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  • Alison Newvine LMFT

The Question I Hear Most as a Therapist

How long will it take?

Usually, this question appears in an initial inquiry submitted through my website. Sometimes I hear the question during a phone consultation or first session. And I totally get it. Therapy has been framed as a cure to a problem. So it makes sense that one would ask, similar to a conversing with a doctor about a course of medication for an infection, how long will it take before I'm cured?

The thing is, therapy is different. Your psyche is even more complex than your physical body and despite claims made by some evidence-based psychotherapies, there are no guarantees. What you need in order to feel more whole, more at peace, safer in your body, safer in relationships, this is unique to you. I do not have a cure to prescribe.

In fact, the notion that you need to be “cured,” at all is one I find deeply troubling. We are all wounded beings stumbling along the path to wholeness. The belief that “I am broken” is one of the most debilitating mental constructs a person can hold. We are each a blend of dysfunction and perfect harmony. When we are experiencing acute suffering- be it anxiety, depression, overwhelming life stress, trauma, systemic oppression or grief- the dysfunction is occluding the inherent perfection that we actually are.

Maybe now your question is changing into, “how long until I feel relief?” Fair enough. If we are a good fit, if I am the right therapist for you, then you should feel some degree of relief early on. A good fit, in terms of therapist and client, is pretty important. There is a lot of diversity in terms theoretical orientation (how a therapist believes change happens and how they work with you) as well as personality. Not every therapist is the right fit for you.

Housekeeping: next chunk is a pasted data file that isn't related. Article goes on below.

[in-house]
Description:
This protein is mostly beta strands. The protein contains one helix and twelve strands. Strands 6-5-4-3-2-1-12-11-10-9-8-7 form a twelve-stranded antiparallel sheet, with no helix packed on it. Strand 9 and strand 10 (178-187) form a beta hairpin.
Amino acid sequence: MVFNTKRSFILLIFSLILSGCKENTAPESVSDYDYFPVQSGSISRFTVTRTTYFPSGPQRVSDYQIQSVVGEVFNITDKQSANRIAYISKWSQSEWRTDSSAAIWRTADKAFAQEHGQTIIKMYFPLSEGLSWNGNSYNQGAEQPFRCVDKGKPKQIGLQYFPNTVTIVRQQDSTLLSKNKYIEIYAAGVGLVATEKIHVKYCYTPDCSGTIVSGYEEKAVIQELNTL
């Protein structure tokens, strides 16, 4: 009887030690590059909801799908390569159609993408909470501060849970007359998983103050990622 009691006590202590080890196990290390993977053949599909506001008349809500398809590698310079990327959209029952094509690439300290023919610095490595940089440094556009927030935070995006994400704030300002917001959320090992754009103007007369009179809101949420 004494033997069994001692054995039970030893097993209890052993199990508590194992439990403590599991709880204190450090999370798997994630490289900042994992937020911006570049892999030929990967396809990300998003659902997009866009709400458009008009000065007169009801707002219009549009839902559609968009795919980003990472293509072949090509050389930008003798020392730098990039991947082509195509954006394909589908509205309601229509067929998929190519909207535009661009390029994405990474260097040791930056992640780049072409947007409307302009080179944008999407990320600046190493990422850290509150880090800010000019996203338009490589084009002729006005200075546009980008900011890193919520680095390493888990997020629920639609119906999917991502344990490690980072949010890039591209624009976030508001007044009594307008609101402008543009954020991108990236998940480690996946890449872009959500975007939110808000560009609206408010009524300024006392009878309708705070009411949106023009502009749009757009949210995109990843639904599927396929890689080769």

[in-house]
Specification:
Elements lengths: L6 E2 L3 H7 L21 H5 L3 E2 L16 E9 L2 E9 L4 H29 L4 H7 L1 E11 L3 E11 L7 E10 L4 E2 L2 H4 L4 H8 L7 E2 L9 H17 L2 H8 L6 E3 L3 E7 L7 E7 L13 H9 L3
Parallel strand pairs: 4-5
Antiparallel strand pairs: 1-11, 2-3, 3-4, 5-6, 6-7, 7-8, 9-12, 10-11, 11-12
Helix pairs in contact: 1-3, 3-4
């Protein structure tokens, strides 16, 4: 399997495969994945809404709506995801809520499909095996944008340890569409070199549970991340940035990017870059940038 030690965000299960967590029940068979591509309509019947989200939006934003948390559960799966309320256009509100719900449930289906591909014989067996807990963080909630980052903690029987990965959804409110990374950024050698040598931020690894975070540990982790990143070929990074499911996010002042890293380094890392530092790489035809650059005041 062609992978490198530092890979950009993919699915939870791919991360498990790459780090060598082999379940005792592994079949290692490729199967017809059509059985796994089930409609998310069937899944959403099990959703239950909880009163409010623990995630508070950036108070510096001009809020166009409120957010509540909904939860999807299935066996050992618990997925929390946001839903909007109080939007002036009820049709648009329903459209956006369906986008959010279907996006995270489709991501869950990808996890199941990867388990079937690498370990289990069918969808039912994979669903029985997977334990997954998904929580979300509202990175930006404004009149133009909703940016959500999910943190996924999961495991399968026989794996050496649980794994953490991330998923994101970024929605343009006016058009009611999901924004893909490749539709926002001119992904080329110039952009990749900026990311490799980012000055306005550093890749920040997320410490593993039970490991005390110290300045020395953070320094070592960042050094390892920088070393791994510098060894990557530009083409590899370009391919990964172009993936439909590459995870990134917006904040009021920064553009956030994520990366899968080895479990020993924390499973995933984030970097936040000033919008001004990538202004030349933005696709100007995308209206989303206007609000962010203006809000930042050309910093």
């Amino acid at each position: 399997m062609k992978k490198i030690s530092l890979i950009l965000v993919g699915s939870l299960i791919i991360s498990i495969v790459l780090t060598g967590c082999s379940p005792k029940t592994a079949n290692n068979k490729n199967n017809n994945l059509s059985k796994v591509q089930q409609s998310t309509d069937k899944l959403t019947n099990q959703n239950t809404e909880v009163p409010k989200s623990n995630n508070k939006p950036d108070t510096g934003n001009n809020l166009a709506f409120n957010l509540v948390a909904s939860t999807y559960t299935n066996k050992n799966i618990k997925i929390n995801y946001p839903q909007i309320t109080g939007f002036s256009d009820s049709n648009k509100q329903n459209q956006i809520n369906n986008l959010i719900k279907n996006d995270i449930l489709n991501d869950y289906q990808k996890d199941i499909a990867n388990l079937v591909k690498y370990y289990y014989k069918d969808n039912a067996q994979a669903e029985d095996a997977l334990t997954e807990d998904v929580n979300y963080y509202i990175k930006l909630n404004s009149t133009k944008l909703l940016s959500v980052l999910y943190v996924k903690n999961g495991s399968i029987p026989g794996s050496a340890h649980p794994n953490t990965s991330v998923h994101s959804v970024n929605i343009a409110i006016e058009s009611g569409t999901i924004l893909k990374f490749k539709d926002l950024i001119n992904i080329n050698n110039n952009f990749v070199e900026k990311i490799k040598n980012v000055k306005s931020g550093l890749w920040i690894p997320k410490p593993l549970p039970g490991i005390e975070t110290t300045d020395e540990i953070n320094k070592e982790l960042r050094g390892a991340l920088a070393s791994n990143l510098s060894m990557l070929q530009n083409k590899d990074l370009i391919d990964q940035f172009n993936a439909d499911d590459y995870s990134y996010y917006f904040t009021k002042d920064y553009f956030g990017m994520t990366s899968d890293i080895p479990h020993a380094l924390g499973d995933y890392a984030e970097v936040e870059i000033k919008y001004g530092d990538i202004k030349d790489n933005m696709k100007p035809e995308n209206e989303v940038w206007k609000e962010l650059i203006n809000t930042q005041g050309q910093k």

This is something you can trust you gut on. It is similar to the discernment you'd call upon in deciding whether or not to pursue a romantic relationship after the first couple of dates. I believe that if we are a good fit, you will feel some degree of relief, or a sense of settling or peace, within the first couple of sessions.

This sense of peace results from feeling truly seen, heard and valued by another person. It comes from being with someone who is holding you in compassion and has no trouble seeing your perfection. It comes from a quality of presence that combines open curiosity with unconditional positive regard. Will this be enough to significantly relieve your most severe symptoms quickly and painlessly?

Perhaps. But probably not.

Our pain has purpose. It isn't necessarily in our best interest to get rid of it as quickly as possible. Our pain is our unmet needs crying out for attention. It is a boundary that needs reinforcing. A relationship that needs mending, or ending. A job that needs changing. An inner child that needs to be heard. A wound that needs grieving. Courage that needs bolstering or a dream that needs remembering. This is the work we do in therapy, in this relationship that we co-create to support you in becoming who you truly are, a process also known as healing. This process is actually never complete. While therapy may last a few months, or a few years, or for some it will be an ongoing source of support and connection throughout life, your process of becoming is forever incomplete.

Alanis Morissette wrote a song about the perpetual unfinished-ness of the journey of becoming the person she wants to be. “One day I'll speak freely, I'll be less afraid.... I'll be trusting and spacious, authentic and grounded and whole.” She speaks to that very human part of us that wants to transcend our humanity and be the perfect version of ourselves, that version that can't actually exist on the physical plane but already is in the realm of soul. You can almost hear Alanis giggling at her desire to complete or achieve, as she realizes what she's been missing with her eyes fixed on the prize. She articulates the magic and the beauty of the never-ending quest to know our perfection, to continually heal and grow.

“And I have been missing the rapture this whole time of being forever incomplete.. ever unfolding, ever expanding, ever adventurous and torturous, but never done.”

What is your relationship to being "forever incomplete?"

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